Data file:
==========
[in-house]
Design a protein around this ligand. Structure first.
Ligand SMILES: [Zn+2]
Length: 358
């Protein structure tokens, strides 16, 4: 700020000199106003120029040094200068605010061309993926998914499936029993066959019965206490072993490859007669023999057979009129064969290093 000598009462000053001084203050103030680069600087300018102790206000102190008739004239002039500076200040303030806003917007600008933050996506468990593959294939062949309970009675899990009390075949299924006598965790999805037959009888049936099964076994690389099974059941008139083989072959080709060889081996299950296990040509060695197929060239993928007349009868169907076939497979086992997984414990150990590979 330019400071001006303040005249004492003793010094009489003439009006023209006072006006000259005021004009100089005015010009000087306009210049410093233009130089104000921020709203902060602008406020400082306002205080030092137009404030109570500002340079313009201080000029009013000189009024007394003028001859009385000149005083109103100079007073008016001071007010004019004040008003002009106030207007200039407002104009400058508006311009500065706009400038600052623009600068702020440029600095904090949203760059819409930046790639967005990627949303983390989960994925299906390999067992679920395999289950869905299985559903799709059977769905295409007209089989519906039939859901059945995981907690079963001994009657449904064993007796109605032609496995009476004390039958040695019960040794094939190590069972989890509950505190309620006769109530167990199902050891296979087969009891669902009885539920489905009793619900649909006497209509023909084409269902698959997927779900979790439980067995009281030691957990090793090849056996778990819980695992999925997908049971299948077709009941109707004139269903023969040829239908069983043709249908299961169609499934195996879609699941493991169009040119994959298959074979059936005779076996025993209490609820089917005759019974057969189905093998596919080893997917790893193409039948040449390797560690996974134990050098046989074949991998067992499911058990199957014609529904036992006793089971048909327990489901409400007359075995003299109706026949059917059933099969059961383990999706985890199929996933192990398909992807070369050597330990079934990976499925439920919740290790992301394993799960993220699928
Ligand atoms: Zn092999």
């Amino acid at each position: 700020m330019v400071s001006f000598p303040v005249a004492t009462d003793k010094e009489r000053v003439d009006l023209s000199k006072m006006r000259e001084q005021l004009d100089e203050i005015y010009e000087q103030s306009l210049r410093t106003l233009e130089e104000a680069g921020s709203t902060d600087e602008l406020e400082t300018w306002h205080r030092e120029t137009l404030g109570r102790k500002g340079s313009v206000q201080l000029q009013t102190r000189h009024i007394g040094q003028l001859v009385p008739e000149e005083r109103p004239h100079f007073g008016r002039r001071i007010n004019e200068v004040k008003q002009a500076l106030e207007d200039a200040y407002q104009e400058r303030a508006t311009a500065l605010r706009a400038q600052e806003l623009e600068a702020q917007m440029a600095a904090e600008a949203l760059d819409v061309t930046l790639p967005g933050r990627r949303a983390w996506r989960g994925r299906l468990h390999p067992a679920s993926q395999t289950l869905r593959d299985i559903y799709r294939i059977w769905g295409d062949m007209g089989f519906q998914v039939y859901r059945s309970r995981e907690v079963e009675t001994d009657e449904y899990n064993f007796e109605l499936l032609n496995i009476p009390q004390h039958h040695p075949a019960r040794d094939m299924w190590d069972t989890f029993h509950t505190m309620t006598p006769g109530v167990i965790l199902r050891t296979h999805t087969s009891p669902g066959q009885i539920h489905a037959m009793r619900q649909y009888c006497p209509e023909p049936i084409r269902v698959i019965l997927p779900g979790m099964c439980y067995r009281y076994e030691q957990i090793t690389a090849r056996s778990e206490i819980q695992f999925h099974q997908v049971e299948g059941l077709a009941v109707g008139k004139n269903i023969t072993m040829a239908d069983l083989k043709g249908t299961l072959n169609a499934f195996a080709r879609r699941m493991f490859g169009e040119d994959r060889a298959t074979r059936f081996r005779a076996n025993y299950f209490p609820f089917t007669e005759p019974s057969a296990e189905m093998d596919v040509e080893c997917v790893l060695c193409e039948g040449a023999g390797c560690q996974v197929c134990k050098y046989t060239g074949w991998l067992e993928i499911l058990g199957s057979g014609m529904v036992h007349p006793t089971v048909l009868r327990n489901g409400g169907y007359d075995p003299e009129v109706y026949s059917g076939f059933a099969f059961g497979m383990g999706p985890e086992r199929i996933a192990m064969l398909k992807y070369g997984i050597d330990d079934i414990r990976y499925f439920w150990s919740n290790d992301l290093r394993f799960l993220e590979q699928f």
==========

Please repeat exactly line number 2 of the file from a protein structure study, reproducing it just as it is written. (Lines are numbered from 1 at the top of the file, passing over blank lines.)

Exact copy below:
Design a protein around this ligand. Structure first.